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Ars Sonora Mix

14 May, 2011 in works

Contribution of RNE to Ars Acustica/EBU-ABP 2011
Selection and mix: Ana Vega-Toscano / José Iges

From Radio Clásica we invite everybody to a travel that we could name 25 / 20 (Ars Sonora Mix): that means 25 years in twenty minutes with a double birthday celebration: the art’s birthday itself and the twenty-five years of Ars Sonora, the program of Radio Clasica focused on the creation of sound art and especially on radio art. For this double birthday we made a quick flight for a few of the many productions by Ars Sonora in these 25 years, using the wings of the word and human voice, an essential element in radio art. Whispered words, imagined, remembered, clean in silence, rescued in a landscape, voices tuned and orchestred with real or imagined sounds…

A tour for 12 works, 12 proposals from the language of radio, with the voices -by order of appearance- of Susan Milnes, Belma Martin, Esperanza Abad, Marisa Manchado, Carolyne Frazier, Agniezska Waligorska and many anonymous guests…:

- Call me yesterday (Antje Vowinckel, 2005)
- A-Roving (Eduardo Polonio, 1994)
- Metalógica (Belma Martin – Pedro Lopez, 1998)
- Del Amor y de la Guerra [From Love and War] (Marisa Manchado, 1999)
- Los juegos [The Games] (Abril Padilla, 2003)
- Música en bruto [Raw Music] (Mercé Capdevila, 2007)
- EAJ-12 (Javier Darias, 1994)
- The Last Words of Ulises (Leopoldo Amigo, 1998)
- Hot&Cold (Agniezska Waligorska – Pekka Sirén, 1992)
- Deriva nÂş 2: Venecia (Pedro ElĂ­as, 1990)
- Atardecer en un patio [Sunset in a Courtyard] (Edith Alonso, 2008)
- Hieros Logos (Manuel Rocha, 2010)

The end of the mix is taken from the piece “Hieros Logos” by Manuel Rocha Iturbide, a commission by Radio Clásica, which premiered at the Alicante Music Festival 2010: “This work deals with an abstract imaginative narrative, where the characters are represented by the sounds of the voice and the human language, not mattering their linguistic origin (Spanish, English, Hindi, etc), the sound source (a baby, a man, a women, an old man), or possible idiomatic meaningless signification (invented electro acoustic sound poetry, etc). The theme that flows through the story is the power of the voice and the speaking language as signs of communication, primarily in the emotional and intuitive planes. These sonic elements, always charged with energy, have been able to transform us through praying, labor singing, sound poetry, and recently with the creation of a new music based not in Melody, but on the different sounds of the human voice.”

The program Kunstradio (ORF) has broadcasted “Ars Sonora Mix” the Sunday 10-4-2011 as well as “Hieros Logos”, by Manuel Rocha Iturbide. You can listen it on:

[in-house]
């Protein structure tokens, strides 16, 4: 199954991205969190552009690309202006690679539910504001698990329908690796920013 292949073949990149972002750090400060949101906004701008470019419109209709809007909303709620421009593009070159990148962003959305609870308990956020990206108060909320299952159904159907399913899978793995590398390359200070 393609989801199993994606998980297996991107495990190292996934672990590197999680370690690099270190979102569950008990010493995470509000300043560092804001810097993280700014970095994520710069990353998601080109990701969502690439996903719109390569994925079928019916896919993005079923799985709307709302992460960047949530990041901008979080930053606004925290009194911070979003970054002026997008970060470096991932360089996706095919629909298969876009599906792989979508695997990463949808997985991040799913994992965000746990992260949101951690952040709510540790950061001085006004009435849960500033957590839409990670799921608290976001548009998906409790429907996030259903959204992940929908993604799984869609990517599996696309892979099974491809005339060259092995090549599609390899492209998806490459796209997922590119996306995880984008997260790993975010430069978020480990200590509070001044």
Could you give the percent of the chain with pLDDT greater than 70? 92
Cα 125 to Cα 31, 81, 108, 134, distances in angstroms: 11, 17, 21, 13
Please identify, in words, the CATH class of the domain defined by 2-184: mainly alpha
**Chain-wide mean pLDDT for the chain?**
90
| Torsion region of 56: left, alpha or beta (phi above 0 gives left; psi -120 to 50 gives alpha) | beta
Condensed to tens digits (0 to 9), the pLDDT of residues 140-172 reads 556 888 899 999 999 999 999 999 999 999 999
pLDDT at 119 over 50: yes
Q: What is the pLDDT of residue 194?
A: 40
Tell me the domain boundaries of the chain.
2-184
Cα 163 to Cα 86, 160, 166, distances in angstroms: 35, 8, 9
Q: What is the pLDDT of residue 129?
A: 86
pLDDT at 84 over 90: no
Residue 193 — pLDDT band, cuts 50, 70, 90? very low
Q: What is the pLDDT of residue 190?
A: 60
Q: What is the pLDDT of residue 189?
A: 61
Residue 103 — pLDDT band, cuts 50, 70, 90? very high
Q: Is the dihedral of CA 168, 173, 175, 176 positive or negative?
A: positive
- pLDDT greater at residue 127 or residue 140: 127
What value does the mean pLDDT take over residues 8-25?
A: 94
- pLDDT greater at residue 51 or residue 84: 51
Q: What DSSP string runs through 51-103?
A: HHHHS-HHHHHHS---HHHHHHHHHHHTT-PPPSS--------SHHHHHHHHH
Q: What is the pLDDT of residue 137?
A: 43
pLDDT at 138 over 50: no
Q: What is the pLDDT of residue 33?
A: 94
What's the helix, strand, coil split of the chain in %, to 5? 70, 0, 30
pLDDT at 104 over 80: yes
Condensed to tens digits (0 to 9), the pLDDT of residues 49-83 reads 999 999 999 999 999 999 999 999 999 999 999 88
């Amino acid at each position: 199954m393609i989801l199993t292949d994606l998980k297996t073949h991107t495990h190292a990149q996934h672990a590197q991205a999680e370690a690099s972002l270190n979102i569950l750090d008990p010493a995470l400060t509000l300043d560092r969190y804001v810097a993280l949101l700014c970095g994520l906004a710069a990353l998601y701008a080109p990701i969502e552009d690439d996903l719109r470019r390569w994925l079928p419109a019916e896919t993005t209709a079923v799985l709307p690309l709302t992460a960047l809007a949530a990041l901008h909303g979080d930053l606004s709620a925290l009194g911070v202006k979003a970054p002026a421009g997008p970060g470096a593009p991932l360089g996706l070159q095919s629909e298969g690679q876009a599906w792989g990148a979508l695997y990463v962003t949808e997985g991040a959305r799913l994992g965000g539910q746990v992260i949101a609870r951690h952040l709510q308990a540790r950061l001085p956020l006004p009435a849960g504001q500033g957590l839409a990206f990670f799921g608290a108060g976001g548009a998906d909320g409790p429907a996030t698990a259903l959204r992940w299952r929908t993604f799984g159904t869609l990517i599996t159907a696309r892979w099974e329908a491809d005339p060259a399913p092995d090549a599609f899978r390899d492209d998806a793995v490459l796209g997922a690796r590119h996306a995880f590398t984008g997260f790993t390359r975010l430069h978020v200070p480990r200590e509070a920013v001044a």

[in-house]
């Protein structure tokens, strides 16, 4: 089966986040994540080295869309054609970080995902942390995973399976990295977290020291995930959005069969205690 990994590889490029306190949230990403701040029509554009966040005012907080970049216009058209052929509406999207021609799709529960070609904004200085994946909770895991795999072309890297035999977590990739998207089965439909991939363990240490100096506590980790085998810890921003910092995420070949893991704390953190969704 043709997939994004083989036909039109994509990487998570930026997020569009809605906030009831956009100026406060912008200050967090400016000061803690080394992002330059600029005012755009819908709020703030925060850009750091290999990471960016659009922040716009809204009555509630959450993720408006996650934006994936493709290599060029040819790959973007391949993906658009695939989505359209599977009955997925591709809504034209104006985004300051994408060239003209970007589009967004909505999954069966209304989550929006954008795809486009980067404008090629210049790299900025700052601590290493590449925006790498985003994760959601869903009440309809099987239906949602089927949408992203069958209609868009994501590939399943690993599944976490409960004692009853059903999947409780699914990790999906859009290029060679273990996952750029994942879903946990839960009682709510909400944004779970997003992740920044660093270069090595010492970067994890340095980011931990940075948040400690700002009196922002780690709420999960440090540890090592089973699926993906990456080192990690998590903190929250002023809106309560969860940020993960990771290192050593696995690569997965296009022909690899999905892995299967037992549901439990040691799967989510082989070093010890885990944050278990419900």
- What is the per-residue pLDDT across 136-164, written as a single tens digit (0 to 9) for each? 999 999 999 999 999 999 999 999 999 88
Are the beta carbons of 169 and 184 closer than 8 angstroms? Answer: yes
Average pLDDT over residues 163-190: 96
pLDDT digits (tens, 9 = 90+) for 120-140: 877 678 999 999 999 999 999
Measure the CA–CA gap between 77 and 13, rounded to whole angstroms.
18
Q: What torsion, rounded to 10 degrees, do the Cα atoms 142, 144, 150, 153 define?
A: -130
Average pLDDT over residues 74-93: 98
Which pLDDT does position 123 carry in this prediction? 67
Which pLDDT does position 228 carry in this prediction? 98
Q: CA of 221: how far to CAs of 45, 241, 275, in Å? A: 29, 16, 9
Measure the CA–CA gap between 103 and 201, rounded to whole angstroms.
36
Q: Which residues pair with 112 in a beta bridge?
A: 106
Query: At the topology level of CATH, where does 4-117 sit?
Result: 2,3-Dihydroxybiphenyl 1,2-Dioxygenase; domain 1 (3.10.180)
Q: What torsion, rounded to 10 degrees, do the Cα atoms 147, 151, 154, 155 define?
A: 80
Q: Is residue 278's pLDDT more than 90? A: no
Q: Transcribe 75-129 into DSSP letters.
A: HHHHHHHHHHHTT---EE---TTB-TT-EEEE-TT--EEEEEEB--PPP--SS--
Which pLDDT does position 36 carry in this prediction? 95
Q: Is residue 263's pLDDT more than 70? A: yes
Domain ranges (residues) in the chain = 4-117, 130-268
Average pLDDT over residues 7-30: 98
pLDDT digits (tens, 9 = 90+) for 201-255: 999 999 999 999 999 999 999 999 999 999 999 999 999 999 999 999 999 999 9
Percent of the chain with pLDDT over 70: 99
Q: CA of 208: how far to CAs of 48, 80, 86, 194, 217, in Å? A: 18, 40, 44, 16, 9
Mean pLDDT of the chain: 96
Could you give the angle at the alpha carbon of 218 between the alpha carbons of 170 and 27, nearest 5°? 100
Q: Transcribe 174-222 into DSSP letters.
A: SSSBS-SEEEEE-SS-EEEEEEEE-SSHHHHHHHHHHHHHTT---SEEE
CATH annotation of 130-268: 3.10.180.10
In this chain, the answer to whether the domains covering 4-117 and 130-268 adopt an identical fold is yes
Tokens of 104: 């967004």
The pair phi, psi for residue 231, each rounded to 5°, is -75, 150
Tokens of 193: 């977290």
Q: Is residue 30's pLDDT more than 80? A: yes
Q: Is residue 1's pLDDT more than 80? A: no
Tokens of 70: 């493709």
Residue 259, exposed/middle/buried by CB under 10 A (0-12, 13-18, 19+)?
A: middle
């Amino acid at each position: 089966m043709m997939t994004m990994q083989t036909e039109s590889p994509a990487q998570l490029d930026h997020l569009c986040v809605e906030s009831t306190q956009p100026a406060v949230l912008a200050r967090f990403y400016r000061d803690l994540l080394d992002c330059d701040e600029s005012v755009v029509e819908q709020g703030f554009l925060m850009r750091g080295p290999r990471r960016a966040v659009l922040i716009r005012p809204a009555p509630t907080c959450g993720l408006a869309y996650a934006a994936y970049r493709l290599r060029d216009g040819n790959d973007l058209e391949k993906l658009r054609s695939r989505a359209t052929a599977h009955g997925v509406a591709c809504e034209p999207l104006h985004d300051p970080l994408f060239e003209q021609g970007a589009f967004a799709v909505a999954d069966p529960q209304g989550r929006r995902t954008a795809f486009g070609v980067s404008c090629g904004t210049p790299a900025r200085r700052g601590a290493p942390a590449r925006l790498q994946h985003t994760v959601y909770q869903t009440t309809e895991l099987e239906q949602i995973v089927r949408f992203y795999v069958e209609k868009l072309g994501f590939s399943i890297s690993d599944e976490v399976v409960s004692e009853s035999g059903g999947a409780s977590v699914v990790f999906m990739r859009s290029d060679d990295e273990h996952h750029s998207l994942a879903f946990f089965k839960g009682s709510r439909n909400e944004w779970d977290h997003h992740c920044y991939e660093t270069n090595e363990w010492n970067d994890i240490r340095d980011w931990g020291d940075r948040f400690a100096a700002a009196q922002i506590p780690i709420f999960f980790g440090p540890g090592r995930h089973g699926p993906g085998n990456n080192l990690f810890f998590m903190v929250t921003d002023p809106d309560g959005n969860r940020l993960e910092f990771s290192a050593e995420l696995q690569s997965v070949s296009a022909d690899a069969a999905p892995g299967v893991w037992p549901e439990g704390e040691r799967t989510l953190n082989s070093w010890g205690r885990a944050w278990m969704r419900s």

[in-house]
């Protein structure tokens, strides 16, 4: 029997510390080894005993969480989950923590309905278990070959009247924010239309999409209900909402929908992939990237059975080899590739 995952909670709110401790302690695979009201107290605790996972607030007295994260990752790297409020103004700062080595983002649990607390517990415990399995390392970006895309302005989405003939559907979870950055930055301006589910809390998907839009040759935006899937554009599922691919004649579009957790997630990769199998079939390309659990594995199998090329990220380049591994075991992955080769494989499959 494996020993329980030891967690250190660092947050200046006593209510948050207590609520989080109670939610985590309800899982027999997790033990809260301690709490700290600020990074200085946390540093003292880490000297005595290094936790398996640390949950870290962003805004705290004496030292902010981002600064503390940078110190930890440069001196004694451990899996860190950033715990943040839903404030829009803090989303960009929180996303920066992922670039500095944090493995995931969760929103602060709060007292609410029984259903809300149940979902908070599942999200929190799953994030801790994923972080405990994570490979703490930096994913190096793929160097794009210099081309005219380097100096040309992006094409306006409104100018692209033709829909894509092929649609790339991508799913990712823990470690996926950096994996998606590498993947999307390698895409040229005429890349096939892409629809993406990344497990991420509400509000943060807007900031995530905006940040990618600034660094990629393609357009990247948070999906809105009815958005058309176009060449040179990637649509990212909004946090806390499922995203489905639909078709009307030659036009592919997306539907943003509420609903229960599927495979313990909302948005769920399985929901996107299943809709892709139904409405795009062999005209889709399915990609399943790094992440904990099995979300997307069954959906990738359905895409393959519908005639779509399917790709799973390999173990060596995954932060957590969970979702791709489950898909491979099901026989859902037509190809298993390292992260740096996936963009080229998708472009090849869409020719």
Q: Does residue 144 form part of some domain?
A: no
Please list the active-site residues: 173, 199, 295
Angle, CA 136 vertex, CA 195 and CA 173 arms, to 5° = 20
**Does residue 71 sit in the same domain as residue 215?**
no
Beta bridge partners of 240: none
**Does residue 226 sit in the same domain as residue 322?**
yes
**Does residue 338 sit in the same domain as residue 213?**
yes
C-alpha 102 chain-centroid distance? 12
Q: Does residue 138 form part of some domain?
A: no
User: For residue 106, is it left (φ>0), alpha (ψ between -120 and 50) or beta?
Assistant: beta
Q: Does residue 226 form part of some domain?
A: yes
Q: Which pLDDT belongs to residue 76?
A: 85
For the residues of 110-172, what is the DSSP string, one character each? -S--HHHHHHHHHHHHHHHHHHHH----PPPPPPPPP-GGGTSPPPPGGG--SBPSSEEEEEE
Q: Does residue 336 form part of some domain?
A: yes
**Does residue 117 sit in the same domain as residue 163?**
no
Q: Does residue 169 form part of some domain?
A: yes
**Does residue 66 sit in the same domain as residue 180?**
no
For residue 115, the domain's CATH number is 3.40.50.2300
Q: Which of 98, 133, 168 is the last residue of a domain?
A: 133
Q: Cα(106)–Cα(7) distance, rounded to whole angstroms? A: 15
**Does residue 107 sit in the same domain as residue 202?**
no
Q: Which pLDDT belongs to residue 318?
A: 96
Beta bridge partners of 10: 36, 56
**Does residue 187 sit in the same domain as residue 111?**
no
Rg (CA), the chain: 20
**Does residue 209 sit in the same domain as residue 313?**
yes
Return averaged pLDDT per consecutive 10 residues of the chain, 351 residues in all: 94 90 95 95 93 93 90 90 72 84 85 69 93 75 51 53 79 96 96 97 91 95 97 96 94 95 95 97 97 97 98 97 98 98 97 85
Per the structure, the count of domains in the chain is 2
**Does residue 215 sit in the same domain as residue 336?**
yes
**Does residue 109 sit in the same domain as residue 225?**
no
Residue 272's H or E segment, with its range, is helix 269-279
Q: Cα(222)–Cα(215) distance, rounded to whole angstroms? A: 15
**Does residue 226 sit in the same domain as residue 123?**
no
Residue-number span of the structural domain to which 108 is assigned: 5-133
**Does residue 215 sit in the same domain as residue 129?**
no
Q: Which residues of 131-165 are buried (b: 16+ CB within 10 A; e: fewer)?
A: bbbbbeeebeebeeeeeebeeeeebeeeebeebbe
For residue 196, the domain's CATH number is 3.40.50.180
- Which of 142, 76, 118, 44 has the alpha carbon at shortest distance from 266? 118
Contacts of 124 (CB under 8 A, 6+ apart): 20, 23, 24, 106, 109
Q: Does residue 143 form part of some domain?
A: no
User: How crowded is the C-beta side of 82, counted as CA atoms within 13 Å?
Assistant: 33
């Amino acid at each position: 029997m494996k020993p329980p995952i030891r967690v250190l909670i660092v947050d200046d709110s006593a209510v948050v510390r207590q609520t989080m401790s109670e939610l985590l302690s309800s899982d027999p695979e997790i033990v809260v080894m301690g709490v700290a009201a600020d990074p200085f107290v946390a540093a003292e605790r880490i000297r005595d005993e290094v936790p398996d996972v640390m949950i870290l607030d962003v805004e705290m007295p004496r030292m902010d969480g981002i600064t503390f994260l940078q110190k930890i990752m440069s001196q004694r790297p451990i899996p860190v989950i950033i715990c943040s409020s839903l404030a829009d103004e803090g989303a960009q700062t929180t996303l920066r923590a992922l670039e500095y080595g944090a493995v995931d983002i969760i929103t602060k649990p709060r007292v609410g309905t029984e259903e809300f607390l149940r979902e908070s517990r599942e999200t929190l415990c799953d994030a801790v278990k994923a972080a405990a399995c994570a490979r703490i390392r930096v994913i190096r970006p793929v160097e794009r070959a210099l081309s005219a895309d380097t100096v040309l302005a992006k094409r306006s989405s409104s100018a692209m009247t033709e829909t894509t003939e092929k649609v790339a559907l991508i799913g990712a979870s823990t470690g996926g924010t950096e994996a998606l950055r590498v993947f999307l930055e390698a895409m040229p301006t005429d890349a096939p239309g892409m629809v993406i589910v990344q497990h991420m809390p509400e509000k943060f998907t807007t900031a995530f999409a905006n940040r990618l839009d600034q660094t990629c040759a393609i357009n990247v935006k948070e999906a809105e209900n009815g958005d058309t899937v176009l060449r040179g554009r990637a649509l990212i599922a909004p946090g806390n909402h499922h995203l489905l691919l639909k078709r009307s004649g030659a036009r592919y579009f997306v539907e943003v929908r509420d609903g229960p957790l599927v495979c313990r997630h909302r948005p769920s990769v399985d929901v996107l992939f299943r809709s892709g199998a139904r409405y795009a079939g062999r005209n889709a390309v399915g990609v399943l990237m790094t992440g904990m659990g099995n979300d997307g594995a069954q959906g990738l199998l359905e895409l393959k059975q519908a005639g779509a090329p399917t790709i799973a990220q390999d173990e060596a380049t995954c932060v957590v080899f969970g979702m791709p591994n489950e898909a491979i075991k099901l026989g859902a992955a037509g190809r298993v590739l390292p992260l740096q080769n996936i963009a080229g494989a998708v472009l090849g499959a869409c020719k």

26 February, 2011 in works

In 1999 ROARATORIA was 20 years old, in 2000 The Canterbury Tales of Geoffrey Chaucer are 600 years of age. Therefore, as a birthday gift and in honour to two wise Men of the past millennium:

On the basis of the roaratorie score a new realisation has been made in cooperation with Het Toneelhuis in Antwerp, the Belgian Radio 3 and the ensemble Zefiro Torna: “Chauncecleer, a Medieval Circus on the Canterbury Tales”.
Even though the original score was meant for radio play, with Chauncecleer we made a piece of music-theatre in the Cage tradition: a reader stands in space and performs the text. Five solo musicians (two soprano’s, lute, fiddle and flute) perform 14th century English, French, Italian and Flemish music. A computer-based multi-track system distributes the more or less 1870 sounds of the two lists through 16 loudspeakers. The audience is free to walk amidst all this. As each listener is in a unique place, and every sound source distributes different sounds, everybody hears a different concert.

How the piece will sound is – because of the spatial setting – not exactly predictable, or at least not for everybody in the same way. But it is beyond doubt that it will be an hour of pretty chaotic and dense sound. A Cageian circus = a lot of noise. This is remarkable for the composer whose entire work is centered around one concept: silence.

Radio version (produced by DLR Berlin)

Show ▼



1 hour with 25 stories of The Canterbury Tales in the original Middle English idiom, in a cut-up version spoken by 1 reader – 5 musicians play, independently, 14th century music on authentic instruments
1 lighting decor based upon colour patterns of The Canterbury Tales
16 loudspeakers constitute a huge sound decor.

texts & voice: Tom Hannes
musicians: Jurgen De Bruyn, Els Van Laethem, Liam Fennely, Aline Hopchet
sounds & sounddesign: ward weis
light: arne lievens